Bob Tschinkel finally ventured out of his house on Tuesday.
It happened to be the five-year anniversary of his leaving the hospital following a 57-day stay for leukemia treatment.
This time, the Northern Highlands bowling coach ended a self-imposed COVID lockdown – which had lasted since early January – to attend the Bergen County Women Coaches Association All-County selection meeting.
Although he’s only been able to communicate with his bowlers virtually, his Highlanders have put together a banner season.
“I stepped away from coaching last month, and I basically locked myself in the house and didn’t leave,” Tschinkel said. “I was like, I’m not going anywhere that anyone else is in a crowded public setting.”
The 68-year-old has been immunocompromised since 2017 as a result of his cancer treatments, which means contracting any variant of the coronavirus could be dire.
“It wasn’t a decision that I came to lightly,” Tschinkel said. “But, it’s not just that I could get sick, it would be worse for me.
“I don’t want to go back in the hospital, I spent enough time there.”
Reaching a decision
This is the second time Tschinkel has had to step away from the Highlanders’ program. He was diagnosed with Myelodysplastic syndrome (which later developed into leukemia) during the 2016-17 season and had to step away from his duties.
Treatment, which included a bone marrow transplant, worked. He went into remission and returned to coach the Highlanders the following season.
Even during the abbreviated 2021 campaign, Tschinkel felt alright about coaching due to the NJSIAA mask mandates in effect for all indoor sports.
Things changed when COVID cases spiked earlier this winter.
“I had four kids on the team that had COVID during Christmas break,” he recalled. “Then, I went to our first match right after New Year’s, and the team we were bowling adjacent to – not against – nobody had a mask on… and I thought, I just can’t put myself at risk.”
Staying in touch
Northern Highlands assistant principal of athletics Mike Koth was with the Highlanders girls when they competed in Monday’s NJSIAA team finals at Bowlero North Brunswick. He is one of several administrators that have been “coaching” in Tschinkel’s absence.
“I don’t help at all,” he joked. “It’s all the girls, they’re doing a great job. Myself, Joe Occhino our principal, and our assistant principal Dr. LaRocca, stepped up and helped provide what we could.”
One of the things they were able to provide was communication between coach and bowlers. They used Zoom to allow Tschinkel to watch matches (when permitted), and even had a laptop set up for the Jan. 28 Bergen County girls championship final, which senior Sara Holden won.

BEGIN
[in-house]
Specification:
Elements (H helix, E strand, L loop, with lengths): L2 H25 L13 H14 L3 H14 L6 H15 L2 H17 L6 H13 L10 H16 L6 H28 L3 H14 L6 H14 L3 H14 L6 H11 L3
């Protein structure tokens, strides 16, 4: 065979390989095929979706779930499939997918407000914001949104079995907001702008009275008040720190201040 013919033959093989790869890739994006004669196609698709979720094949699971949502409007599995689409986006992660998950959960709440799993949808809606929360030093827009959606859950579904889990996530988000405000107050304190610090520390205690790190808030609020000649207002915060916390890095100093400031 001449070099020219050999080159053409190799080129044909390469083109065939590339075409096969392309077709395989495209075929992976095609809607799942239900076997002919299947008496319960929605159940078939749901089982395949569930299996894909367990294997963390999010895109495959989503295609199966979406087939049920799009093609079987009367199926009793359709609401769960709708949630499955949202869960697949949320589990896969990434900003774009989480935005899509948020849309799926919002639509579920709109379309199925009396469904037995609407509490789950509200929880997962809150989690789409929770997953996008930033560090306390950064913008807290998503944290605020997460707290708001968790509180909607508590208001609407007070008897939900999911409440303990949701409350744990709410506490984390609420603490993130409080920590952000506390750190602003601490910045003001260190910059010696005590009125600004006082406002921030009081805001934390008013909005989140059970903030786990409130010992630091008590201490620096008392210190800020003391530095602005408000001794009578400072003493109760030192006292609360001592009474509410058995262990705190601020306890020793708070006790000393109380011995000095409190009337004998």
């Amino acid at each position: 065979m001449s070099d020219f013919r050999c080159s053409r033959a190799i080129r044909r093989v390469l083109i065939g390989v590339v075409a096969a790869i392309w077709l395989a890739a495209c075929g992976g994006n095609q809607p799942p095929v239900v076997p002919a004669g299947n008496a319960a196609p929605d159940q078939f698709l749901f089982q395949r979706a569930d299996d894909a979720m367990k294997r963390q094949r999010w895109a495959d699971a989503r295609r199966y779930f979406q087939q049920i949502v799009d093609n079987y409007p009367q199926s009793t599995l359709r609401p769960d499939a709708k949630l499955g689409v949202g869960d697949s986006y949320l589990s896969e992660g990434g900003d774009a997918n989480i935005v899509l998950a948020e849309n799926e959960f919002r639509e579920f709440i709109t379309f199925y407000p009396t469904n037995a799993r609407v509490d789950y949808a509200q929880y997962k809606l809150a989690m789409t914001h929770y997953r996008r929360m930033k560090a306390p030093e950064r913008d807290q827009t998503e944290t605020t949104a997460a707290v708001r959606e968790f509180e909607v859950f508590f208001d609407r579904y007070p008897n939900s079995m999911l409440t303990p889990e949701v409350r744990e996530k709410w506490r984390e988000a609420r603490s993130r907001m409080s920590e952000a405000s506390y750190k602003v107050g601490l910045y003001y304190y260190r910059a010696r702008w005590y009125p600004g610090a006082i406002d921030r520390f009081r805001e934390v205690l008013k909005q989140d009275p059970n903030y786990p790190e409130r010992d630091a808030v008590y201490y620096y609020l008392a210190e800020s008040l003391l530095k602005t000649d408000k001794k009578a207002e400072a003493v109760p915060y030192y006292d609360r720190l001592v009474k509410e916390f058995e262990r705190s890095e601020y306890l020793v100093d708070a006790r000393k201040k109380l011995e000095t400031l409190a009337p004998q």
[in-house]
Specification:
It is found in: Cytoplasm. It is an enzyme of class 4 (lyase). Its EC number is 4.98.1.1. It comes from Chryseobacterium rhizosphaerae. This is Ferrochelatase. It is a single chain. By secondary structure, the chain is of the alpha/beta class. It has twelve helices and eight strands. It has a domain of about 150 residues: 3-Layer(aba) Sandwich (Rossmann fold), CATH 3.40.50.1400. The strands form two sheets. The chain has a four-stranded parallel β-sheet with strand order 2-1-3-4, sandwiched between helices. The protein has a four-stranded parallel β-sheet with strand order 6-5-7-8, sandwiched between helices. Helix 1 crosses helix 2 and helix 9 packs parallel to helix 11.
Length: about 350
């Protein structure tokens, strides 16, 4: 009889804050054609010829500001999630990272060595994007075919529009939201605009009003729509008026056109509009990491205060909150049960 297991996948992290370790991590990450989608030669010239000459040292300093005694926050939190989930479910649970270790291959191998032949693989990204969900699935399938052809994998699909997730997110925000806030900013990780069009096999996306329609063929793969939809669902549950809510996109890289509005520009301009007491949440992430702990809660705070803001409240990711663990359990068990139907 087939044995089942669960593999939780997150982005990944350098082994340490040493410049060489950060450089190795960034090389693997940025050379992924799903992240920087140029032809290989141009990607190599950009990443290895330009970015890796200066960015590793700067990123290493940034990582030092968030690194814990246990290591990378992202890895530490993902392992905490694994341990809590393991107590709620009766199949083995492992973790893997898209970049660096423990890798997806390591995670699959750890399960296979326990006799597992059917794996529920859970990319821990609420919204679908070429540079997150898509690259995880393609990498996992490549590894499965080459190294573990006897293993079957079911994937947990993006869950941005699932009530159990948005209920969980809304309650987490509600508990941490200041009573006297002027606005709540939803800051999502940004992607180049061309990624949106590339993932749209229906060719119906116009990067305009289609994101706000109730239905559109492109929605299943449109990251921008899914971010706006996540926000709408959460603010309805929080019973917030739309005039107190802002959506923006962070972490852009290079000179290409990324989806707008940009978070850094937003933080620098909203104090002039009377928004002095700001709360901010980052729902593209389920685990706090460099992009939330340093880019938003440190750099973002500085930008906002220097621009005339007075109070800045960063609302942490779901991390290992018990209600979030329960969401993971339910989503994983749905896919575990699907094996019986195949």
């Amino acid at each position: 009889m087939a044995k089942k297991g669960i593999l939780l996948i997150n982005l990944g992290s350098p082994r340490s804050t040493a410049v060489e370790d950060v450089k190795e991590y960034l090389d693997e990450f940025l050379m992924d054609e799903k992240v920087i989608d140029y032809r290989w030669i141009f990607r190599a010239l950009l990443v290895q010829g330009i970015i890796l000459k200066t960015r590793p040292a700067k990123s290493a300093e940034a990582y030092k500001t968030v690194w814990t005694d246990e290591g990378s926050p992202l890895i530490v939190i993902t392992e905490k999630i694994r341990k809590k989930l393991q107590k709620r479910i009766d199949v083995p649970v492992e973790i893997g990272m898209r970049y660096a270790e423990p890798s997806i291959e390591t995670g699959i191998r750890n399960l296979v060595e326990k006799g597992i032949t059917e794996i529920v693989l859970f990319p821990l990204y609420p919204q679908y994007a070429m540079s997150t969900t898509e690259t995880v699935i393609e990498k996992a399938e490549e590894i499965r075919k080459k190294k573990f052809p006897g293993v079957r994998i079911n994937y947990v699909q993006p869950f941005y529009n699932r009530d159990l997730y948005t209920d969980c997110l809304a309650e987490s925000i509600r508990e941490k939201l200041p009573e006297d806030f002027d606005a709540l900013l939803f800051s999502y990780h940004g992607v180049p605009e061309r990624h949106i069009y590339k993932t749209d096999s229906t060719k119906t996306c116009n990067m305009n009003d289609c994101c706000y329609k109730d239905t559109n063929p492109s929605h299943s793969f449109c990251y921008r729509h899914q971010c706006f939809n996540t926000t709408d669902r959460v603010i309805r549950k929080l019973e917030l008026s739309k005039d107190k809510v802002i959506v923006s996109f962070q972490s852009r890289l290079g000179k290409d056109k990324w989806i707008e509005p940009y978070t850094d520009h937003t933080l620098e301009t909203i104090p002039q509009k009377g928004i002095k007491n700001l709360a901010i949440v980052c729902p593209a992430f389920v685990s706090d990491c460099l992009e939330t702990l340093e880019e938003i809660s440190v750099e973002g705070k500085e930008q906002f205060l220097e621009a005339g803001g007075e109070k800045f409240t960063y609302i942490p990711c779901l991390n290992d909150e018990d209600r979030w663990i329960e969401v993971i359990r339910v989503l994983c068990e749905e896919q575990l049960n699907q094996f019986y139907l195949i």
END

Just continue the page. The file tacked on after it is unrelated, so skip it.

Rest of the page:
Video streaming was not allowed at the NJSIAA tournament, though.
“It was pretty difficult, because we couldn’t really have any direction from him at all [Monday],” Holden said. “We were just trying to think of what he would tell us to and try to help each other as a team.”
Impact on the players
On Feb. 5, the Northern Highlands girls earned their first sectional championship since 2013, when Tschinkel was named The Record’s Girls Bowling Coach of the Year after his first season at the school. He had previously coached his daughter, Karen – a standout on Immaculate Heart’s dynastic teams of the 2000s – and others in the Maywood Youth Athletic Association.
Holden, who joined the Highlanders as a freshman, “knew absolutely nothing about bowling. He kind of has to start from scratch with a lot of people, and he’s just really patient and willing to come with you on a random Sunday night to help the team practice bowling.
“It’s just little things like that that have really helped us grow as a team and get better.”
Tschinkel has been emailing the Highlanders all season to stay in touch and give what advice he can. Holden, senior Jessica Moss and junior Jaclyn Paglieri will return to North Brunswick for the NJSIAA individual finals on Friday.
Paglieri posted Northern Highlands’ best finish at sectionals (eighth), a big step for a first-year varsity bowler.
“I play softball, and I used to be a pitcher,” she said. “So, Coach Tschinkel kind of worked with what I knew already, and then helped me develop it into a way I could bowl.”
Looking to the future
Whether or not Tschinkel will be able to return next season remains unknown. As he puts it, “I take life one day at a time. I can’t really think that far ahead.
“Ideally, I would love to come back, but I guess I need to see where this virus is going and how things play out. Even if I do come back, I foresee myself being very, very careful.”
He still goes for regular blood work, and his doctors at Memorial Sloan Kettering have told him things hinge upon whether or not his immune system is working.
“We hope to have him back,” Koth said. “You’re not going to find anyone more dedicated to bowling and young people than Coach Tschinkel. He’s great to have around.”
There is one milestone that Tschinkel is anticipating in the coming months.
“April 21 will be five years cancer-free,” he said, “and I get to ring the bell.”
Greg Tartaglia is a high school sports reporter for NorthJersey.com. For full access to live scores, breaking news and analysis from our Varsity Aces team, subscribe today. To get breaking news directly to your inbox, sign up for our newsletter and download our app.